Information, School Choice, and Academic Achievement: Evidence from Two Experiments
We analyze two experiments that provided direct information on school test scores to lower-income families in a public school choice plan. We find that receiving information significantly increases the fraction of parents choosing higher-performing schools. Parents with high-scoring alternatives nearby were more likely to choose non-guaranteed schools with higher test scores. Using random variation from each experiment, we find evidence that attending a higher-scoring school increases student test scores. The results imply that school choice will most effectively increase academic achievement for disadvantaged students when parents have easy access to test score information and have good options to choose from.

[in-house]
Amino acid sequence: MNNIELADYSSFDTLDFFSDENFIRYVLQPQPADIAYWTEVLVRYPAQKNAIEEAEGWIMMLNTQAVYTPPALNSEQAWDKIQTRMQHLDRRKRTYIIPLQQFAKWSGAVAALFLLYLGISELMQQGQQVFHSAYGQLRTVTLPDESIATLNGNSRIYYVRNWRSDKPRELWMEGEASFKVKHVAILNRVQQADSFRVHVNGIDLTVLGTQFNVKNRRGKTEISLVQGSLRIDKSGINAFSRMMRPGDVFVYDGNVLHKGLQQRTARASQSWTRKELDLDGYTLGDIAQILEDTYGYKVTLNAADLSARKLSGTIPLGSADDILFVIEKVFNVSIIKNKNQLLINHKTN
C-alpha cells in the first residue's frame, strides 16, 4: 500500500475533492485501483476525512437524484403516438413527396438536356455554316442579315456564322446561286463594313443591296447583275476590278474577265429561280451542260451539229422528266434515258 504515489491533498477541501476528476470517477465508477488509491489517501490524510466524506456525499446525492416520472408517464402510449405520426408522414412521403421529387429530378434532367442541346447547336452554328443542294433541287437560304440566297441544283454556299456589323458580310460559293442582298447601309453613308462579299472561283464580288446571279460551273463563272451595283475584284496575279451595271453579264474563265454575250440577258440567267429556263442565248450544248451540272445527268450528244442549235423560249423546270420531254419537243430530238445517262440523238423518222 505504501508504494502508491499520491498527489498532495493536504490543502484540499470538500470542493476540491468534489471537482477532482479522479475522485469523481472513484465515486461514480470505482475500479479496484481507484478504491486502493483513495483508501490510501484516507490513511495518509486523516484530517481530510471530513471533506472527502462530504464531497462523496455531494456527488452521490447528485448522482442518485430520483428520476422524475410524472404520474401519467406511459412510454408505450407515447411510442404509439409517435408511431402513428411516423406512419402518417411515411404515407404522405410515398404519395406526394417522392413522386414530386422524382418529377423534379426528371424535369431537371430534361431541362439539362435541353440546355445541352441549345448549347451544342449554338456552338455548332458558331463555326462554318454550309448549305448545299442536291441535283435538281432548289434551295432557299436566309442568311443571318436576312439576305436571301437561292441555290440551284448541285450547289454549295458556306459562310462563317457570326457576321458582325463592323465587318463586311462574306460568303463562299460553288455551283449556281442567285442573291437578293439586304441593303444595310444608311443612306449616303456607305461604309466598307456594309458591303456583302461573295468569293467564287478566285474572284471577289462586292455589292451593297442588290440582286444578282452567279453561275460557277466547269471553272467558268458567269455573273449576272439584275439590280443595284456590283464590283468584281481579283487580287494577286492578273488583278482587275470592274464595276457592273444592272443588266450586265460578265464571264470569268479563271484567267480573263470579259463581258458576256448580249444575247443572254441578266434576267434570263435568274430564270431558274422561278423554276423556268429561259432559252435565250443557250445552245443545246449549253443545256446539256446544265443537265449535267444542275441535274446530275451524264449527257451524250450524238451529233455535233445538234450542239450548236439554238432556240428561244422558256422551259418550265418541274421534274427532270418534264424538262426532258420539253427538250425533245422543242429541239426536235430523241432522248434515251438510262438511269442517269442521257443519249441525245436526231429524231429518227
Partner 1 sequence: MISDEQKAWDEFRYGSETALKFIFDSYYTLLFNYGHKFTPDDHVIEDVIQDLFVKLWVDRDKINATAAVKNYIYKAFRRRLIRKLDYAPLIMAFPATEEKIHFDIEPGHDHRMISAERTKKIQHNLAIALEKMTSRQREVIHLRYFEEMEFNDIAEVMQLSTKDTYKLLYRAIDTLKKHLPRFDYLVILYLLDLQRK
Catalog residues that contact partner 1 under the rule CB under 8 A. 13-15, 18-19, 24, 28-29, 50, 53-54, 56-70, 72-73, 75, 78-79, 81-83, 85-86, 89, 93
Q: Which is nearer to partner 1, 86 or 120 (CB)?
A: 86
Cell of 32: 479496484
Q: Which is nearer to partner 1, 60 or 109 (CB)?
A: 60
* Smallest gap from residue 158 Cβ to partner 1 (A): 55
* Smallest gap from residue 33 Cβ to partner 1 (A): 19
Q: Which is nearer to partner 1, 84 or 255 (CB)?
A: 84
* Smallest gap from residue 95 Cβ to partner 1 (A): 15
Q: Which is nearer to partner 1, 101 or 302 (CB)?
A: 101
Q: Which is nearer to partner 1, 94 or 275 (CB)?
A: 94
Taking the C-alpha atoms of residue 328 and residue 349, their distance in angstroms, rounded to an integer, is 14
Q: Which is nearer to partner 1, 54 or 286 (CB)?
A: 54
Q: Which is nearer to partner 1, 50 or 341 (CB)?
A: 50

This paper was revised on February 29, 2008
Document Object Identifier (DOI): 10.3386/w13623
Published: Justine S. Hastings & Jeffrey M. Weinstein, 2008. "Information, School Choice, and Academic Achievement: Evidence from Two Experiments," The Quarterly Journal of Economics, MIT Press, vol. 123(4), pages 1373-1414, November. citation courtesy of
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